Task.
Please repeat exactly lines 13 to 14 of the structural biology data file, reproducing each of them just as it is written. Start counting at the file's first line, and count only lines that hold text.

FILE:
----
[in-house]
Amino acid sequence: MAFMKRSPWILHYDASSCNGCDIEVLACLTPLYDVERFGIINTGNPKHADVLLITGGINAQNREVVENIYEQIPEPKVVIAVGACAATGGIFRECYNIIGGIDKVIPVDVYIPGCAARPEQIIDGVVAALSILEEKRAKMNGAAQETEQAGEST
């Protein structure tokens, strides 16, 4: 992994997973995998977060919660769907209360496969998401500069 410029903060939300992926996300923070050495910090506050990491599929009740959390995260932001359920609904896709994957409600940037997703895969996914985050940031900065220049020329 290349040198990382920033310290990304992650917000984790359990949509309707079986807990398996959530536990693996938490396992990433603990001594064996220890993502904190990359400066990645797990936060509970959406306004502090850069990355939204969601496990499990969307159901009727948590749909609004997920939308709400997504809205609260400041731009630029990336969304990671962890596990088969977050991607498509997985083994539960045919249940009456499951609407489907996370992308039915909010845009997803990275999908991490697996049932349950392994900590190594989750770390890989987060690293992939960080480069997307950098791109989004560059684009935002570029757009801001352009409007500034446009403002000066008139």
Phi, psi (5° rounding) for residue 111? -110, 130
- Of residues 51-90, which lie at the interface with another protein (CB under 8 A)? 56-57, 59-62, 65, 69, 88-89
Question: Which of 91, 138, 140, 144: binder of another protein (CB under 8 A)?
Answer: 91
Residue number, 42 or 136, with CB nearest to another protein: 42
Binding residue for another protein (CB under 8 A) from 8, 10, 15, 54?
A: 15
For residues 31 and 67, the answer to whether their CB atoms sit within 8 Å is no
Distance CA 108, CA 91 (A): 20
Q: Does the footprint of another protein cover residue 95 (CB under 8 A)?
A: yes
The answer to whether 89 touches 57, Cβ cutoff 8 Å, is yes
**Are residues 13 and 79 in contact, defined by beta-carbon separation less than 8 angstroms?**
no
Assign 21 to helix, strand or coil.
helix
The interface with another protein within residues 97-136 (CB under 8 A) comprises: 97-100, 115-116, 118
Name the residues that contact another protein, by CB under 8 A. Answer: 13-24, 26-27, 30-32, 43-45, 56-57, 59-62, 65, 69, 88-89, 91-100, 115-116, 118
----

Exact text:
Q: Does the footprint of another protein cover residue 95 (CB under 8 A)?
A: yes